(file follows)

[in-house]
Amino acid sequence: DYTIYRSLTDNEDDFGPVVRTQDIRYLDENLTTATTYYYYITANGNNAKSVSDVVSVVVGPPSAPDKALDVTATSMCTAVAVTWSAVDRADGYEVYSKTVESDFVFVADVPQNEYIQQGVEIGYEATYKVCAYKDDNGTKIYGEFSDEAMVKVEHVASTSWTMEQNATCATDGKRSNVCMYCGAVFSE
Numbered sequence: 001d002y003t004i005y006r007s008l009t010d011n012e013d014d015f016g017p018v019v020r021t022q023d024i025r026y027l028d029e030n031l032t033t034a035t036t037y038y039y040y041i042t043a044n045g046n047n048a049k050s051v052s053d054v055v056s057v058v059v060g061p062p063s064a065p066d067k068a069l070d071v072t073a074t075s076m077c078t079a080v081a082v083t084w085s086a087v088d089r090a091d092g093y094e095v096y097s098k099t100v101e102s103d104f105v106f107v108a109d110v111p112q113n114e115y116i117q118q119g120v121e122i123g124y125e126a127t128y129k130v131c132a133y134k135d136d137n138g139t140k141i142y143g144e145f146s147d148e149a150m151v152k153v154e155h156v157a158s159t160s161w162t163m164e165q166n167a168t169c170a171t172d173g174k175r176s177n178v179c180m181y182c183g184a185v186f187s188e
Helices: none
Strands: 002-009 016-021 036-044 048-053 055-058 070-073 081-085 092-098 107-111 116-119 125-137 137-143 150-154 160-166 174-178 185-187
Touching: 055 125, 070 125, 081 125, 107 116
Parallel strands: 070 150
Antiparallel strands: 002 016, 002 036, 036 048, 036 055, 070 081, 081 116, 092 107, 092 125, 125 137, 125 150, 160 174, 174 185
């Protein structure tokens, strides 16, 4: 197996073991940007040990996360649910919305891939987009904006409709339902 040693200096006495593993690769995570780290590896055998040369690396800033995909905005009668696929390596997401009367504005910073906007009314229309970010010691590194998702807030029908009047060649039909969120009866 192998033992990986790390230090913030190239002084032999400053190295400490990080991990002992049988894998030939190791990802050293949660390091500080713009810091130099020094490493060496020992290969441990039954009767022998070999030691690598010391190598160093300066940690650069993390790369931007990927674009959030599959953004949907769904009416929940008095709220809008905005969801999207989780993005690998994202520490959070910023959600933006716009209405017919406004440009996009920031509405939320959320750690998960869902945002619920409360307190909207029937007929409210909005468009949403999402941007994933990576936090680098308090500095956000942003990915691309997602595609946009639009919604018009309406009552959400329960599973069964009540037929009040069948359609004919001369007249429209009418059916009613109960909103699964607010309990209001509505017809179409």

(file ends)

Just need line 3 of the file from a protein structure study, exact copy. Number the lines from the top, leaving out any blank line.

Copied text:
Numbered sequence: 001d002y003t004i005y006r007s008l009t010d011n012e013d014d015f016g017p018v019v020r021t022q023d024i025r026y027l028d029e030n031l032t033t034a035t036t037y038y039y040y041i042t043a044n045g046n047n048a049k050s051v052s053d054v055v056s057v058v059v060g061p062p063s064a065p066d067k068a069l070d071v072t073a074t075s076m077c078t079a080v081a082v083t084w085s086a087v088d089r090a091d092g093y094e095v096y097s098k099t100v101e102s103d104f105v106f107v108a109d110v111p112q113n114e115y116i117q118q119g120v121e122i123g124y125e126a127t128y129k130v131c132a133y134k135d136d137n138g139t140k141i142y143g144e145f146s147d148e149a150m151v152k153v154e155h156v157a158s159t160s161w162t163m164e165q166n167a168t169c170a171t172d173g174k175r176s177n178v179c180m181y182c183g184a185v186f187s188e